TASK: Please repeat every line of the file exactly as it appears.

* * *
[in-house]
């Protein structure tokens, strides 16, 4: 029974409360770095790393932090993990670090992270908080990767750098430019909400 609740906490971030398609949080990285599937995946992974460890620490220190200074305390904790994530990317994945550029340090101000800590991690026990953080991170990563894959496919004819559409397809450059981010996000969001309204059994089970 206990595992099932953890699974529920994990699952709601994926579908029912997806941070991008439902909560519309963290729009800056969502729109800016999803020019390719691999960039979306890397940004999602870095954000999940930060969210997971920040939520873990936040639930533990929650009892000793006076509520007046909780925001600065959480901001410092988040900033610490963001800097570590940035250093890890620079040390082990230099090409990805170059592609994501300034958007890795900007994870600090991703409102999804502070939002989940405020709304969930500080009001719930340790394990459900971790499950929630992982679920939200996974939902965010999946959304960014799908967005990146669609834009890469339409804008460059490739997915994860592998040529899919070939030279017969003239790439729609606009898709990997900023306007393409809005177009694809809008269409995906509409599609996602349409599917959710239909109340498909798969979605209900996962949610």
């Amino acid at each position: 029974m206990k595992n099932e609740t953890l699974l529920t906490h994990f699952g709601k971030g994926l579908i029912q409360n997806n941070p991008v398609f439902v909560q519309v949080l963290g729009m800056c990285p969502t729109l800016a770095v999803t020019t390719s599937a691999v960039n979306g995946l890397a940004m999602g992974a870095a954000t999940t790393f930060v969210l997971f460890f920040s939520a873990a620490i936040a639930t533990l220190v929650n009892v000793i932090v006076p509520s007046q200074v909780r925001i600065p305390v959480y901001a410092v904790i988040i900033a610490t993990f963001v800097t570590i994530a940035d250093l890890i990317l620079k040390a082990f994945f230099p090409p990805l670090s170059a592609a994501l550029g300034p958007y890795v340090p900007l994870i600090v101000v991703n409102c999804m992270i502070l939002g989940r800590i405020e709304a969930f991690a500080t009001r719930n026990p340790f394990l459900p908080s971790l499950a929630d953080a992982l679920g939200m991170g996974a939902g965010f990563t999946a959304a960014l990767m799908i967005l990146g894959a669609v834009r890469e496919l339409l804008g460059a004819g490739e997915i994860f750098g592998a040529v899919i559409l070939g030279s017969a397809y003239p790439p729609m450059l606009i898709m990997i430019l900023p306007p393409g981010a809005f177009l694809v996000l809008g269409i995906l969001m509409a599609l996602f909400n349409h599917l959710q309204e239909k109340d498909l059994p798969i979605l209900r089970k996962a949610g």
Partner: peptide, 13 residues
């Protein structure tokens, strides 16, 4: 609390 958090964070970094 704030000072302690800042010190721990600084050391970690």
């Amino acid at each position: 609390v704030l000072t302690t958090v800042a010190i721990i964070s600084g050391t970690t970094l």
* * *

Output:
[in-house]
């Protein structure tokens, strides 16, 4: 029974409360770095790393932090993990670090992270908080990767750098430019909400 609740906490971030398609949080990285599937995946992974460890620490220190200074305390904790994530990317994945550029340090101000800590991690026990953080991170990563894959496919004819559409397809450059981010996000969001309204059994089970 206990595992099932953890699974529920994990699952709601994926579908029912997806941070991008439902909560519309963290729009800056969502729109800016999803020019390719691999960039979306890397940004999602870095954000999940930060969210997971920040939520873990936040639930533990929650009892000793006076509520007046909780925001600065959480901001410092988040900033610490963001800097570590940035250093890890620079040390082990230099090409990805170059592609994501300034958007890795900007994870600090991703409102999804502070939002989940405020709304969930500080009001719930340790394990459900971790499950929630992982679920939200996974939902965010999946959304960014799908967005990146669609834009890469339409804008460059490739997915994860592998040529899919070939030279017969003239790439729609606009898709990997900023306007393409809005177009694809809008269409995906509409599609996602349409599917959710239909109340498909798969979605209900996962949610």
């Amino acid at each position: 029974m206990k595992n099932e609740t953890l699974l529920t906490h994990f699952g709601k971030g994926l579908i029912q409360n997806n941070p991008v398609f439902v909560q519309v949080l963290g729009m800056c990285p969502t729109l800016a770095v999803t020019t390719s599937a691999v960039n979306g995946l890397a940004m999602g992974a870095a954000t999940t790393f930060v969210l997971f460890f920040s939520a873990a620490i936040a639930t533990l220190v929650n009892v000793i932090v006076p509520s007046q200074v909780r925001i600065p305390v959480y901001a410092v904790i988040i900033a610490t993990f963001v800097t570590i994530a940035d250093l890890i990317l620079k040390a082990f994945f230099p090409p990805l670090s170059a592609a994501l550029g300034p958007y890795v340090p900007l994870i600090v101000v991703n409102c999804m992270i502070l939002g989940r800590i405020e709304a969930f991690a500080t009001r719930n026990p340790f394990l459900p908080s971790l499950a929630d953080a992982l679920g939200m991170g996974a939902g965010f990563t999946a959304a960014l990767m799908i967005l990146g894959a669609v834009r890469e496919l339409l804008g460059a004819g490739e997915i994860f750098g592998a040529v899919i559409l070939g030279s017969a397809y003239p790439p729609m450059l606009i898709m990997i430019l900023p306007p393409g981010a809005f177009l694809v996000l809008g269409i995906l969001m509409a599609l996602f909400n349409h599917l959710q309204e239909k109340d498909l059994p798969i979605l209900r089970k996962a949610g």
Partner: peptide, 13 residues
């Protein structure tokens, strides 16, 4: 609390 958090964070970094 704030000072302690800042010190721990600084050391970690």
């Amino acid at each position: 609390v704030l000072t302690t958090v800042a010190i721990i964070s600084g050391t970690t970094l």